J. Crew filed for Chapter 11 bankruptcy protection on Monday morning, making them the first major retailer in the US to do so during the coronavirus pandemic. Vanessa Friedman of The New York Times was among the first to break the story. A day later, she wrote a post asking if consumers need J. Crew at all. Once upon a time, J. Crew was “the apotheosis of New England prepster style, crew-neck sweaters and wide-wale cords brought to you in a catalog of cheer.” Now it’s not clear what they stand for.
[T]he idea that brands deserve to be preserved, invented and reinvented ad infinitum is a late 20th-century creation. The notion is born from the luxury groups of Europe, who theorized that it is easier to restart an already established, if decrepit, name (hello, Patou!) than create one from scratch. It is not, however, an American tradition. Maybe it doesn’t need to be.
Traditionally, the United States has been happy to let brands live out in their natural life span — to believe they should not, necessarily, be seen as immortal — and be replaced by the new, the young, the of-their-time. Fashion history is rife with memories of bygone names: Bonnie Cashin, Claire McCardell, Willi Smith, Stephen Sprouse, Patrick Kelly. Donna Karan. Maybe J. Crew is ready to join them.
Today, consumers who shop for value have more options than ever. There are now thousands of digitally native brands that specialize in just one kind of item: UntuckIt has branded itself around short-hem shirts; Gustin has built a business around affordable raw denim jeans. And as J. Crew has faded, the middle of the market is getting squeezed by luxury brands and fast-fashion retailers. Mid-tier companies such as J. Crew and Banana Republic don’t have the uniqueness of the first or the price-competitiveness of the second.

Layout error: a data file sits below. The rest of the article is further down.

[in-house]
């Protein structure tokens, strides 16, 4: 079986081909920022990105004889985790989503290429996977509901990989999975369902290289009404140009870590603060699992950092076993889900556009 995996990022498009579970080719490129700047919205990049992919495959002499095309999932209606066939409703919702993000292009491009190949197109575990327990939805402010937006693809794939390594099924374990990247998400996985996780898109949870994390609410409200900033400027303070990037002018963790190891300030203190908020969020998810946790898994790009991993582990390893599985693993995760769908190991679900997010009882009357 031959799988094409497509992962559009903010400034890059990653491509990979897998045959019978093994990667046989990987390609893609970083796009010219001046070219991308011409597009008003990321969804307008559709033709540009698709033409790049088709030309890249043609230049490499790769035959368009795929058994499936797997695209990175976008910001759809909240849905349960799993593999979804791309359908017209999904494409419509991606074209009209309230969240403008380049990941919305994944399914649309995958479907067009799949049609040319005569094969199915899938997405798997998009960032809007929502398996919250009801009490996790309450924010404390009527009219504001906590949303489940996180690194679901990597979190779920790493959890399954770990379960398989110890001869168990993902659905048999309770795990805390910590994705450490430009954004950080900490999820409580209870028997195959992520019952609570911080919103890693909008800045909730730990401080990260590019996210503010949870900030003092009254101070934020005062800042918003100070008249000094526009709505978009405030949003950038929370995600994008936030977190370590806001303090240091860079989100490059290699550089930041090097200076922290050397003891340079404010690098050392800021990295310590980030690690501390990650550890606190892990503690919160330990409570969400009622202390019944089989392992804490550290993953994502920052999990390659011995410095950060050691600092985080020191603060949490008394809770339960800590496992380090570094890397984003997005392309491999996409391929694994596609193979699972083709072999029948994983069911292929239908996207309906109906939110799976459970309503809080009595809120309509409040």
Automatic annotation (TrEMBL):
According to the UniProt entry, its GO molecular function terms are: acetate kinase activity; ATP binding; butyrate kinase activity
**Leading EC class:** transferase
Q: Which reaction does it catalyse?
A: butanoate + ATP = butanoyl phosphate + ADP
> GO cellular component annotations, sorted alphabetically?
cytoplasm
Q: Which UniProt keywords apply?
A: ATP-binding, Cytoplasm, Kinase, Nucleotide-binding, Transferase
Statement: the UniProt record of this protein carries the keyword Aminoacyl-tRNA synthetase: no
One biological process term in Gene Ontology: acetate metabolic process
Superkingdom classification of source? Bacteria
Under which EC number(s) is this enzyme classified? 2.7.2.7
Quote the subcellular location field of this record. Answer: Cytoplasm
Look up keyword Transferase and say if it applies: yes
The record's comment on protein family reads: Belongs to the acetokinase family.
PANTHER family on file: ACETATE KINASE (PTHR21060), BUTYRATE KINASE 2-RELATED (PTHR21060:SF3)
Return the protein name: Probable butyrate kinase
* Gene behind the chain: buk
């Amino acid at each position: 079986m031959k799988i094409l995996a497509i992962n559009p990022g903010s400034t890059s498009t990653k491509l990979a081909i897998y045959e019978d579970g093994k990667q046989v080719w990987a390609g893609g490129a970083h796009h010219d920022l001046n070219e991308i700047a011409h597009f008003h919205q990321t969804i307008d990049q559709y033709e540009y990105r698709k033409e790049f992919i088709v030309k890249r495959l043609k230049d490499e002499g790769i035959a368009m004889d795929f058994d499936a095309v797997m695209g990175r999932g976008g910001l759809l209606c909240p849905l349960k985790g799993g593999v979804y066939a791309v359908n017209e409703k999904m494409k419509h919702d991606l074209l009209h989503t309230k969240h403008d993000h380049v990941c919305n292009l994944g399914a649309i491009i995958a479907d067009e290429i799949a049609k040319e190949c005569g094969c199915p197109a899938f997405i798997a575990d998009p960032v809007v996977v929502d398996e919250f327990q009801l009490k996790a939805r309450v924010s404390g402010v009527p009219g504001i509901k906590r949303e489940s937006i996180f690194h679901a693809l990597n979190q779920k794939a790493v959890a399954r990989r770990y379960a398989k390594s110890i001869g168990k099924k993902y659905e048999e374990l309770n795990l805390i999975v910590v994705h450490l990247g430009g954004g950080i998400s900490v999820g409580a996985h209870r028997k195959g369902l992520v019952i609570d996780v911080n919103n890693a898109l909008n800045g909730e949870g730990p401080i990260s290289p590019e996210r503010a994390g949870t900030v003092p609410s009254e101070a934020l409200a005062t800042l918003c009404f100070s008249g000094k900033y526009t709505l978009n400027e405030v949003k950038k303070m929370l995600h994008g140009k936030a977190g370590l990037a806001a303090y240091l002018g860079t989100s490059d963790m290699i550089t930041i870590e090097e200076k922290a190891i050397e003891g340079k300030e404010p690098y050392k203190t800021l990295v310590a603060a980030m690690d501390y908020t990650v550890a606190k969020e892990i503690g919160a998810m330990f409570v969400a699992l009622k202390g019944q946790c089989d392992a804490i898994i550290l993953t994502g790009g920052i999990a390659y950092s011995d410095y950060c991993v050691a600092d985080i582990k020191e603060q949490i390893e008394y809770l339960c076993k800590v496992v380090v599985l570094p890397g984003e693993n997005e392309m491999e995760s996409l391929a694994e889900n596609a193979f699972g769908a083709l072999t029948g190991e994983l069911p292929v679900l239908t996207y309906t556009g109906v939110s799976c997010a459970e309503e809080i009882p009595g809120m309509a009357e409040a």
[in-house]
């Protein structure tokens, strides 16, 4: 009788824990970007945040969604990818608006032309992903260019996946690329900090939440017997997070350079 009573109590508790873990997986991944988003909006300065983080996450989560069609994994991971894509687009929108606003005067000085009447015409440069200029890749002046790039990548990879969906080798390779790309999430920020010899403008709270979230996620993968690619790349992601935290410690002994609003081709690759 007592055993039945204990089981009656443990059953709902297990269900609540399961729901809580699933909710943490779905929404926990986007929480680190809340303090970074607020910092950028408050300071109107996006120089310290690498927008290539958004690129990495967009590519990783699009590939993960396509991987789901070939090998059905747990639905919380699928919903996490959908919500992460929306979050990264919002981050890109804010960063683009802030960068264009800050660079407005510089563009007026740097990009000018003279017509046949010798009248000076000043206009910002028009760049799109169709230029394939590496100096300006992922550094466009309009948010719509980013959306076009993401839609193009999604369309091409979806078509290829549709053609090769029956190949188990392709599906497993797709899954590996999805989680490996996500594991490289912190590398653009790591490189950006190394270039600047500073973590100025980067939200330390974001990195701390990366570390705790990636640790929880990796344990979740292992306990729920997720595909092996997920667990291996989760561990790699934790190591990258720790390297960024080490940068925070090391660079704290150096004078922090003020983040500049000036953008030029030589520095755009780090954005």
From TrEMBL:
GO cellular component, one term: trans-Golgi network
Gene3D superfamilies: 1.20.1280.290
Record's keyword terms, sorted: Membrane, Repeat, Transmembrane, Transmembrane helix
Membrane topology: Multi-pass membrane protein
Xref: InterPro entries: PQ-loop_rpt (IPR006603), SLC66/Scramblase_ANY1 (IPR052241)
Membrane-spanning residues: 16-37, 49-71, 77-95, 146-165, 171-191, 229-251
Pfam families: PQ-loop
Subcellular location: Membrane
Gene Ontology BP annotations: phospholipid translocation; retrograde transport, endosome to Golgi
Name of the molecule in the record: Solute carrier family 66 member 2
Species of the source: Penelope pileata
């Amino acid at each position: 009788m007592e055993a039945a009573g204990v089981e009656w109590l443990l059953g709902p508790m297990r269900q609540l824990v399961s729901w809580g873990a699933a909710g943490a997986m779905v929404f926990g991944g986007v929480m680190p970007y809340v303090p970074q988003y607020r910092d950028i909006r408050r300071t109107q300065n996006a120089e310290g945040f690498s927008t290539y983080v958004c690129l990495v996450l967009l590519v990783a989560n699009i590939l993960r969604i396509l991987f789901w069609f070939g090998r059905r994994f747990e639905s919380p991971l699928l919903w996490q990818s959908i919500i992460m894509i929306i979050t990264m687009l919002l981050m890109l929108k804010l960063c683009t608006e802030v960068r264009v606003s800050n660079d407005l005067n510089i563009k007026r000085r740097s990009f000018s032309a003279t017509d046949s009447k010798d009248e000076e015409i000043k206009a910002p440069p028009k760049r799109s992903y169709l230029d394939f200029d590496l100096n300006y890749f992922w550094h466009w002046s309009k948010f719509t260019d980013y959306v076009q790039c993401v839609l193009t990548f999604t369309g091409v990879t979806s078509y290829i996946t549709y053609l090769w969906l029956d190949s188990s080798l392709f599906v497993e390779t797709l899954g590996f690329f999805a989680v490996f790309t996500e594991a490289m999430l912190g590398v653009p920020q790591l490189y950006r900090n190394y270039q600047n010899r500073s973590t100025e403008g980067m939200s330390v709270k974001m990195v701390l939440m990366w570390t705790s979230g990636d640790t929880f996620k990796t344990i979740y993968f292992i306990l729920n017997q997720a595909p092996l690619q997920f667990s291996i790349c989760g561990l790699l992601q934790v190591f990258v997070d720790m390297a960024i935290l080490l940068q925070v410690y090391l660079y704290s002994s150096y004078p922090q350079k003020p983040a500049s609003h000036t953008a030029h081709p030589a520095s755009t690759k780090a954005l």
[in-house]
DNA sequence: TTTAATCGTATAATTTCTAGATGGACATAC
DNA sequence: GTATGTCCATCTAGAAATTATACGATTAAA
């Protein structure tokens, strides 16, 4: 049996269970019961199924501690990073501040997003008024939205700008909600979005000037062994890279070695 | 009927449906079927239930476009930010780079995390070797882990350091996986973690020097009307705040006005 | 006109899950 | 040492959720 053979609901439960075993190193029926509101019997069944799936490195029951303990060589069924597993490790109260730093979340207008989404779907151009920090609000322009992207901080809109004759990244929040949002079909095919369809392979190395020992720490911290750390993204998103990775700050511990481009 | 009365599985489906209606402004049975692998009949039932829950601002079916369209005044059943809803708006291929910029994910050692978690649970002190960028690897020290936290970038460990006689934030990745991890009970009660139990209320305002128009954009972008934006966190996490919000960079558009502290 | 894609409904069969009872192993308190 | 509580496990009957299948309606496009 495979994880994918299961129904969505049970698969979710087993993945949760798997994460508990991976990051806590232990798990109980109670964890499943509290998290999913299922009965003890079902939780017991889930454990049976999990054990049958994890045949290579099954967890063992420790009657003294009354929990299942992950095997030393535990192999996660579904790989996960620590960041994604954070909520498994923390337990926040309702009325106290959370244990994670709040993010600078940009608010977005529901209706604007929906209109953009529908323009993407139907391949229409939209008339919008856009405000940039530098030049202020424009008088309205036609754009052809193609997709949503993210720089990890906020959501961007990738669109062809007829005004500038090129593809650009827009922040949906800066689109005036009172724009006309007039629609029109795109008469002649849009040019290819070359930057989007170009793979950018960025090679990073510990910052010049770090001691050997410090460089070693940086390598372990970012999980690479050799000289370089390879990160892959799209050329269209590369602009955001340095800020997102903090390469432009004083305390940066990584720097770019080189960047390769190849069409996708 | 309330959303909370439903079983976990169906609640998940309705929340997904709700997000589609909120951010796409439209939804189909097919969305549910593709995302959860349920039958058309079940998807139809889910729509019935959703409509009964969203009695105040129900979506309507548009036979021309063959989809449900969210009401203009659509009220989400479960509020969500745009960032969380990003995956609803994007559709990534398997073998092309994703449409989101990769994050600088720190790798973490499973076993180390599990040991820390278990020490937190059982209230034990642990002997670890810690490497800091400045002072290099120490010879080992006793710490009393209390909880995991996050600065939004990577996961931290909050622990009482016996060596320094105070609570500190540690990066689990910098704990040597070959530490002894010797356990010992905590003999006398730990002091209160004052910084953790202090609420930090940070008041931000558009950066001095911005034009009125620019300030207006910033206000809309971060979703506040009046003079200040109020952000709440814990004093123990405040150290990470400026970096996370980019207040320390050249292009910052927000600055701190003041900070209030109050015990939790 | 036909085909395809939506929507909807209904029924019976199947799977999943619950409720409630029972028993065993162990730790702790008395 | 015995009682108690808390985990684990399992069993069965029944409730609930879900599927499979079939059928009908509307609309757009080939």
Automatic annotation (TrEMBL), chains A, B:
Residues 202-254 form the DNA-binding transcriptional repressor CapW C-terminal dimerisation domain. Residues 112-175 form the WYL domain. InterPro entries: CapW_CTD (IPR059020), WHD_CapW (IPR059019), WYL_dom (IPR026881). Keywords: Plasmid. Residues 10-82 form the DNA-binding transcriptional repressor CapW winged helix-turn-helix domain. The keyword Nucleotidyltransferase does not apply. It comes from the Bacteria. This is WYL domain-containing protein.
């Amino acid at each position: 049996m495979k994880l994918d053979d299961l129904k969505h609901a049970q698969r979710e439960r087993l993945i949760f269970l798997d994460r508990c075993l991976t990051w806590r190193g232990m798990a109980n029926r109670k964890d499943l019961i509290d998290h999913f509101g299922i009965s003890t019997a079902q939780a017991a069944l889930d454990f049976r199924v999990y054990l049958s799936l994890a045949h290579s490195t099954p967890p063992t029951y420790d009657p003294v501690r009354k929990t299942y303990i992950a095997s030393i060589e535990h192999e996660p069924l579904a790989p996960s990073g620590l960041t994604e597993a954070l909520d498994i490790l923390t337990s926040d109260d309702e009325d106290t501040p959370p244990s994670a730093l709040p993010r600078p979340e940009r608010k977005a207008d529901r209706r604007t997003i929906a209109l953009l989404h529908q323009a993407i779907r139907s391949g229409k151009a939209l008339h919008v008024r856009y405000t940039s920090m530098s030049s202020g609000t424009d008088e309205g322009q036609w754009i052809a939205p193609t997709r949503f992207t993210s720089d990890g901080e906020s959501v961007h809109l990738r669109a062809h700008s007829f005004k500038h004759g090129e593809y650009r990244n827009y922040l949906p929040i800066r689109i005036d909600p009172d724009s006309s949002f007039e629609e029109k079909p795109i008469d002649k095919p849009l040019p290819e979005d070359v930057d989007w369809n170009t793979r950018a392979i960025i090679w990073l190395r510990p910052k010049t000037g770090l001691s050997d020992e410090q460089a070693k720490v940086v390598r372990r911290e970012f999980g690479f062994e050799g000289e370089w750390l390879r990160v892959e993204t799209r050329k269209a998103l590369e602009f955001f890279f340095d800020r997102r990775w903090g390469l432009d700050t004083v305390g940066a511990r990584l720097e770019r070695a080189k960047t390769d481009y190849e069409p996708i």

If you want to dress in head-to-toe Gucci — or H&M — you still have stores for that. But for men who want something classic, generally appropriate, well-made at a reasonable price, you may soon have to scour the Internet for the best makers of socks, then chinos and then shirts. Then, you’ll have to figure out yourself how to combine these things into a coherent outfit, rather than rely on dedicated sales associates who know the story behind each piece — the sort of person who worked at, say, J. Crew.
When I submitted my article, one of my editors asked: “What happened to pleated pants? I used to wear them and then they just disappeared! But I never knew why.” This is why men still need J. Crew! The company is a bellwether for men’s style — they don’t set trends so much as they confirm them. For the millions of men who don’t want to have to follow every online discussion about pleats, J. Crew neatly curated everything for them in one place. Compare this with the other mode of shopping, where people have to read through thousands of internet threads and hunt down niche brands to effectively cobble together the same look.
This ended up getting cut from my article because I wasn’t able to flesh out the idea entirely, but I think the fashion industry also benefits from having “entry-level” stores such as J. Crew. It needs a way to bring new men into the fold. A small percentage of J. Crew’s customers will go on to buy higher-end clothing, including niche brands such as Crockett & Jones and Engineered Garments. This may sound ridiculous on first blush, but it’s the story of how the heritage menswear movement developed. If we raise the barriers of entry, however, either by requiring men to spend more time or money when building a better wardrobe, many won’t even take the first steps.